Thursday, August 21, 2008

Obama - McCain

Sorry for the prolonged absence - I haven't been kidnapped by the Russians, it's just that life's a little busy just at the moment. Besides, the domestic political scene is just so tedious at the moment. Whenever something dramatic happens - such as the Foreign Secretary making an almost unconcealed bid for power - you think 'surely this is the moment that Brown will have to do something!' And it isn't. He's just squatting in place apparently without the first idea of what to do. Ho hum, it's probably going to stay like this all the way up until 2010.
Across the pond it was beginning to look as if things were equally predicatable. The beatification of Barack Obama, the lacklustre campaigning of John McCain, the stagnant economy, unpopular Republican incumbent - all these things seemed to indicate an easy Democrat victory in November, an impression underlined by Obama's big poll leads. And yet there are several reasons for doubting this scenario.
Polling: recent polling has shown a dramatically tighter race, with some even showing McCain leading. Even more interestingly, it's far from unusual for the Democrat to be leading over the summer - Kerry was regularly outpolling Bush in 2004, in polls in 1983 Mondale was massively outpolling Reagan. Obama's early leads are, on this reading a) drying up, and b) unimpressive/irrelevant anyway.
The Media: Almost every article I read in the UK about the Presidential race seems to be an 'expose' on how McCain, despite his slavish following in the media, is really a neocon/zionist/racist/whatever. Yet it's reasonably clear that it is Obama who has, so far, been the subject of more hagiographies. Apart from the famous Chris Matthews leg chills, there's been article after article proclaiming him as wonderful and serious and statesmanlike and so on - regardless of what he actually says. Look at this in the New Statesman:
What we saw in Obama and McCain, in brief, was the cerebral versus the visceral. McCain, as a seasoned politician, knew instinctively which questions presented him with the opportunity to make political points and launch into anecdotes favourable to him - and when to be short and sharp. Obama did not, and instead did something politicians rarely do: he tried, to his cost, to answer questions straightforwardly.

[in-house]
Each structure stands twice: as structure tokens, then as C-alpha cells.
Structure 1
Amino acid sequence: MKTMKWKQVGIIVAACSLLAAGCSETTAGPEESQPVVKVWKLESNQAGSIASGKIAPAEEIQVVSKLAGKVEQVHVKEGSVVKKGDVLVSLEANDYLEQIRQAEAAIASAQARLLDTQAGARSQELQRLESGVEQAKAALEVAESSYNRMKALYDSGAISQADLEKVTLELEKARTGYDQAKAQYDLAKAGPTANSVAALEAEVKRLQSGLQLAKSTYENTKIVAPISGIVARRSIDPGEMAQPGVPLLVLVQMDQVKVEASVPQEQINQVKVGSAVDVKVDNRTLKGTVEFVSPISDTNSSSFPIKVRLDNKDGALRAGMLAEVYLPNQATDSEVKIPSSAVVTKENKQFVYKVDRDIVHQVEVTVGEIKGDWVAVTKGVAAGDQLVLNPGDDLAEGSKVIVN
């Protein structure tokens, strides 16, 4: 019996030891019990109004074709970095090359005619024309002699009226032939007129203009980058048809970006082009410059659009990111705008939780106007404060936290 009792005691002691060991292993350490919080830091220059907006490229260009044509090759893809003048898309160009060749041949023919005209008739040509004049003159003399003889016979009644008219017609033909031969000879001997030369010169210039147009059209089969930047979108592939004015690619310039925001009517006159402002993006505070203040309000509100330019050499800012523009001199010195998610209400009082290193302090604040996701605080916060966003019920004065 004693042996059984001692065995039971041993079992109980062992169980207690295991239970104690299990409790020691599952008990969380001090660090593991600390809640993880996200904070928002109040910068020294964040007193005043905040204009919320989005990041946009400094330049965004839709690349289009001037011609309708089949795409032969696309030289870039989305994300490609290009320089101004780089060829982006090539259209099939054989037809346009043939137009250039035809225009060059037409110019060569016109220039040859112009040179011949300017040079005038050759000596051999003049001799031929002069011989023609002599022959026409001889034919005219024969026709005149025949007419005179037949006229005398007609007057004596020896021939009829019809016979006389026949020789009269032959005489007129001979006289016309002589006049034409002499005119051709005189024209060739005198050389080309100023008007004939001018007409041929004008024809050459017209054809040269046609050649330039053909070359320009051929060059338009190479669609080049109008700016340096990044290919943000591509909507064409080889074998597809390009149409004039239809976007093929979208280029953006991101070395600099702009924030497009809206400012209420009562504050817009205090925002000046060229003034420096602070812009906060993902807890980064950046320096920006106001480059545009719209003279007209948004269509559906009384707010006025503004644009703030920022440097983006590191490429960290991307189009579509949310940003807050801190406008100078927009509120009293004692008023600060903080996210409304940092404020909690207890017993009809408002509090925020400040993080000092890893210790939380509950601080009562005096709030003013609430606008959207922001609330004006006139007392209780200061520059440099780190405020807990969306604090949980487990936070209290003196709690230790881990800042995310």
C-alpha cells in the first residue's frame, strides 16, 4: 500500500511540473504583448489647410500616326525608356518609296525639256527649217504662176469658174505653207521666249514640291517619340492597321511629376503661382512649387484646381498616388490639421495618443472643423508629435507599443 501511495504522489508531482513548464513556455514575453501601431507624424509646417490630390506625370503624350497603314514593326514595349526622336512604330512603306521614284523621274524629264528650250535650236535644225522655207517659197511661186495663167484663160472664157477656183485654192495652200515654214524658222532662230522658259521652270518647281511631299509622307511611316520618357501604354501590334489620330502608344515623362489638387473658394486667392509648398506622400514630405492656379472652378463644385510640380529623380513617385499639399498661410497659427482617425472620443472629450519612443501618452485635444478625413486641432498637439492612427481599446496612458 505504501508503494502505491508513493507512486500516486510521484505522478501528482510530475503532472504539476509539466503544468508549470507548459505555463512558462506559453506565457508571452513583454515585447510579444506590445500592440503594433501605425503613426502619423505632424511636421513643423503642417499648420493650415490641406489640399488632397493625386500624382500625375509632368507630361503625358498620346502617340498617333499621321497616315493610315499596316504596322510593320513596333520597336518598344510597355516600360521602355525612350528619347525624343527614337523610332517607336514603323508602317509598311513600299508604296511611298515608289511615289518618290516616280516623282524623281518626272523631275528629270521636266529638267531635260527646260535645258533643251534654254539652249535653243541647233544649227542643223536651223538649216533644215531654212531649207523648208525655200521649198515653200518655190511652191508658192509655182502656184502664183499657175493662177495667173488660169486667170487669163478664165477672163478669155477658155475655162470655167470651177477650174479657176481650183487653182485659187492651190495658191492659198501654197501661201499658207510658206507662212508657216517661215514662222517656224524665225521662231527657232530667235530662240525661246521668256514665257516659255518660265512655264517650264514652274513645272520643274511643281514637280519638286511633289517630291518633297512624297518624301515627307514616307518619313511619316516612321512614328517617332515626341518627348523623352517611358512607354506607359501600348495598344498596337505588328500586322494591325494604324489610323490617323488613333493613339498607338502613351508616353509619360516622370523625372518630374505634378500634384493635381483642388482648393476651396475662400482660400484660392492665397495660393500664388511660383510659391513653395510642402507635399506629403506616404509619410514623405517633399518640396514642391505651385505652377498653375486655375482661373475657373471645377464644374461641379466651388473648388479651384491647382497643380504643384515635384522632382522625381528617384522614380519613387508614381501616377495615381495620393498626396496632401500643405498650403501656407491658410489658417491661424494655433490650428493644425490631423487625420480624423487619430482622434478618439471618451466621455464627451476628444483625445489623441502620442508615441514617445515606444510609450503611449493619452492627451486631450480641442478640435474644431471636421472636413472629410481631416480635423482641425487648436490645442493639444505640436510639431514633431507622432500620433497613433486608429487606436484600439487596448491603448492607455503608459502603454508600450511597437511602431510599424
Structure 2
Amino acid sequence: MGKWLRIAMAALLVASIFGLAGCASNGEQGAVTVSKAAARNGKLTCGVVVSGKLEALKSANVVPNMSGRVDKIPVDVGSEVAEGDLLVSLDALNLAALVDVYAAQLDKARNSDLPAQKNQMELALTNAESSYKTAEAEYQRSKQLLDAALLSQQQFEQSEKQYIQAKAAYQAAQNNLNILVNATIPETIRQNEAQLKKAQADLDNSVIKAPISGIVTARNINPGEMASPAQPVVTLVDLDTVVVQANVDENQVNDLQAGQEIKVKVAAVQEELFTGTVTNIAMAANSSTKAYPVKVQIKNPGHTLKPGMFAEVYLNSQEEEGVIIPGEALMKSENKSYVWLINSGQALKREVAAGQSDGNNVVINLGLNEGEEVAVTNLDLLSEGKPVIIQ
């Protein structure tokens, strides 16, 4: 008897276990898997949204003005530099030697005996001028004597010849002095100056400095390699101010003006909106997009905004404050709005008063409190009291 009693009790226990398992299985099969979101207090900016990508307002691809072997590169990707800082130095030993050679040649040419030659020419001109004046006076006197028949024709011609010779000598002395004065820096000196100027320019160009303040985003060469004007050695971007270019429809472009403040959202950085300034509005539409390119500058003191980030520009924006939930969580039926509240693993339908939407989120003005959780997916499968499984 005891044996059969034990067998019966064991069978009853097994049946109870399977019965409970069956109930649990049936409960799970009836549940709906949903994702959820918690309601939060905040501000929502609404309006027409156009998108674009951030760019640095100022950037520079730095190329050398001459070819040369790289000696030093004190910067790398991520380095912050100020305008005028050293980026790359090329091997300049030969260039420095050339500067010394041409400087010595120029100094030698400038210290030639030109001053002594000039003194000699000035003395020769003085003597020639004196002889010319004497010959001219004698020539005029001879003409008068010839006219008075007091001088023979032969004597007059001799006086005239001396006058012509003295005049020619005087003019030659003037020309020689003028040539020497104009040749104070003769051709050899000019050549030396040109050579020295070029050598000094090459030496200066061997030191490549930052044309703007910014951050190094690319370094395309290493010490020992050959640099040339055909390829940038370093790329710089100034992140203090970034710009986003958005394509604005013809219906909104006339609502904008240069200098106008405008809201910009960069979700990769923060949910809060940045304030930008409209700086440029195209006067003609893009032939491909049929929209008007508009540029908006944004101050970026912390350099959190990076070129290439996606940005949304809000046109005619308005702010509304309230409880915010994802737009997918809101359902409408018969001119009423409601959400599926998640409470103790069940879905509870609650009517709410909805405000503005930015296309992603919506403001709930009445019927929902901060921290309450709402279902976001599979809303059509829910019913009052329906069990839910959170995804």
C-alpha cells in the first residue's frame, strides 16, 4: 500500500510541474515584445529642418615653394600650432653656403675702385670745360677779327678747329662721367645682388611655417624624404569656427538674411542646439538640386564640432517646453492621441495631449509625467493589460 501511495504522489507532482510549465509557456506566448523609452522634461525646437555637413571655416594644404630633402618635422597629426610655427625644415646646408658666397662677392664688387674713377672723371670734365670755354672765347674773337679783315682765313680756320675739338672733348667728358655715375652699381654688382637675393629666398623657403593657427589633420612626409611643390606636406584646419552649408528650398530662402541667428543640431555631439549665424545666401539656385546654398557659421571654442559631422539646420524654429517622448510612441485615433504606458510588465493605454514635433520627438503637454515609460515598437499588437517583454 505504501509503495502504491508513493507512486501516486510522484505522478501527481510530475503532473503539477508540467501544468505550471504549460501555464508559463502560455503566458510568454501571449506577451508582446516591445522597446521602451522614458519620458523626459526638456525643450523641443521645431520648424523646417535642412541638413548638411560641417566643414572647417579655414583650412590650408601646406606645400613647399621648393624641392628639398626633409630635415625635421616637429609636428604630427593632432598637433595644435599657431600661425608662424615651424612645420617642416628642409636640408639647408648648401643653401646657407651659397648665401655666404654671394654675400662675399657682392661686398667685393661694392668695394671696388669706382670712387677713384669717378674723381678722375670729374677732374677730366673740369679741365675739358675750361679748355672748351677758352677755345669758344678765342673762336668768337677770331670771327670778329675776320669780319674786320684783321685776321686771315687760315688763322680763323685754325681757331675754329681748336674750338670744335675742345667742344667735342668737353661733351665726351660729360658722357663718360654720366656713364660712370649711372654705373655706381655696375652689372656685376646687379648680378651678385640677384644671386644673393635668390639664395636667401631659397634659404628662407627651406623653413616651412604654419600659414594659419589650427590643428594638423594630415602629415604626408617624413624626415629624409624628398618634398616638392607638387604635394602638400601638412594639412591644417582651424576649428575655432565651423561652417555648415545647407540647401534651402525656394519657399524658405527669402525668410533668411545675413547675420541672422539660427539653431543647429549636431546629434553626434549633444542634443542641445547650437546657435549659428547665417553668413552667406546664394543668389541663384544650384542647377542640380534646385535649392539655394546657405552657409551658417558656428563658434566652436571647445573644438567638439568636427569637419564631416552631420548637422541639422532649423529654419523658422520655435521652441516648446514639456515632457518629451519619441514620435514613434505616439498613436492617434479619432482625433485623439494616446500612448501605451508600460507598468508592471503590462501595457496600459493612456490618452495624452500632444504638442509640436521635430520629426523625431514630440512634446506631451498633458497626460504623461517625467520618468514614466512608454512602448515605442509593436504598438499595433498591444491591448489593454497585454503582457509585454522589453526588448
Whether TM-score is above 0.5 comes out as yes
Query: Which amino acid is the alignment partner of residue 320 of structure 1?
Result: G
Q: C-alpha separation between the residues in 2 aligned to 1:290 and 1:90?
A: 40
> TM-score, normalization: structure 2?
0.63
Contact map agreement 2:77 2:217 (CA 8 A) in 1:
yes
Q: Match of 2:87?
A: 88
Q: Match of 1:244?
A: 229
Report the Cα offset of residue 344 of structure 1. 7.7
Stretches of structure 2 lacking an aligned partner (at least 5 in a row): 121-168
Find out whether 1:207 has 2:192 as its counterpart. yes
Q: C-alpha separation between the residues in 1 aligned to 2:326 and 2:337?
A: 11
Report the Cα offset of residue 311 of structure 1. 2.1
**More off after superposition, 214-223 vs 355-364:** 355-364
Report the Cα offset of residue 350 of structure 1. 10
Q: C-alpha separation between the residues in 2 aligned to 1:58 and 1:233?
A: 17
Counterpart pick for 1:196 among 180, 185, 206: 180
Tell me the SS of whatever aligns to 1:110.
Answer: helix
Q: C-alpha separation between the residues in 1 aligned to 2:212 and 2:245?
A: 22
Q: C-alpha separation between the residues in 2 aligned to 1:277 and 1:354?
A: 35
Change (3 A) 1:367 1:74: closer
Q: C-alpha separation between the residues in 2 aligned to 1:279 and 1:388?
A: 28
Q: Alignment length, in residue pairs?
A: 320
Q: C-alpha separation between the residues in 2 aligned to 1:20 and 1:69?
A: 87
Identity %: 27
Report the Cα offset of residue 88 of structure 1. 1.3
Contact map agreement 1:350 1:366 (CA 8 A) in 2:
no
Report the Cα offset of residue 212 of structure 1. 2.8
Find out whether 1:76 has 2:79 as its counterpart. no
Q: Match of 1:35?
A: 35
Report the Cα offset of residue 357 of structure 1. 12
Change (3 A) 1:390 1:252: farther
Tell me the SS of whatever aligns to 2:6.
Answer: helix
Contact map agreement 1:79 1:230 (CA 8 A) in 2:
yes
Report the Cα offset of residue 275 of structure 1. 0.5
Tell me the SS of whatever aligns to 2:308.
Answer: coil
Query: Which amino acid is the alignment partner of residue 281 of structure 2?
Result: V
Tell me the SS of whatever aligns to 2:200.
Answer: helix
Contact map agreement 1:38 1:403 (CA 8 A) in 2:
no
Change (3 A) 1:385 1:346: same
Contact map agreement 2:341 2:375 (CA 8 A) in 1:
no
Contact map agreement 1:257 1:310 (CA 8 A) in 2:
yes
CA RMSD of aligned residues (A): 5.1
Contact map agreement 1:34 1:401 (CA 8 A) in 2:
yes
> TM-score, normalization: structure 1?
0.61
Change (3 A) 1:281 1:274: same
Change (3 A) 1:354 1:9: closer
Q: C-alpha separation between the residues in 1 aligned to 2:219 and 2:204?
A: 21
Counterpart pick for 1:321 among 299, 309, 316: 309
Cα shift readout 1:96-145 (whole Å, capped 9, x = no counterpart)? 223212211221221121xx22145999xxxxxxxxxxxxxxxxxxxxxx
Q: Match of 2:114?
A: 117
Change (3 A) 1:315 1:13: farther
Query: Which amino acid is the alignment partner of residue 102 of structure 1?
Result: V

But that went down with a resounding thud. Asked, for example, at what point a baby is entitled to human rights, Obama launched into a confusing ramble: "Well, I think that whether you are looking at it from a theological perspective or a scientific perspective, answering that question with specificity, you know, is above my pay grade. But let me speak more generally about the issue . . ."

Whatever that answer is, it's not an example of a politician answering questions straightforwardly.
Exposure: I said in my last piece on Obama that a whole lot of people are going to be really disappointed when they discover that Obama really is just another politician with a nice line in speeches. The problem he is having now is that he has received so much exposure that people are starting to believe this now. His honeymoon period seems to have worn off before he's even got to the Convention - let alone the election. In fact the media hero-worshipping may have done exactly what McCain needed: turned the election into a referendum on Barack Obama.
So, it isn't all over. Despite the fundraising and the sports stadia full of supporters, Obama is, for the first time in his political life, in a real battle against a serious Republican opponent. The new focus on foreign policy in the Caucasus will inevitably play more to Republican strengths than Democrat ones - and perhaps most important, Obama is now so high on a pedestal that there's really only one way for him to go. The form book may say Democrat, but the parties have done what they do best - the Republicans have picked the candidate most likely to win and the Democrats have picked the candidate most vulnerable to losing.

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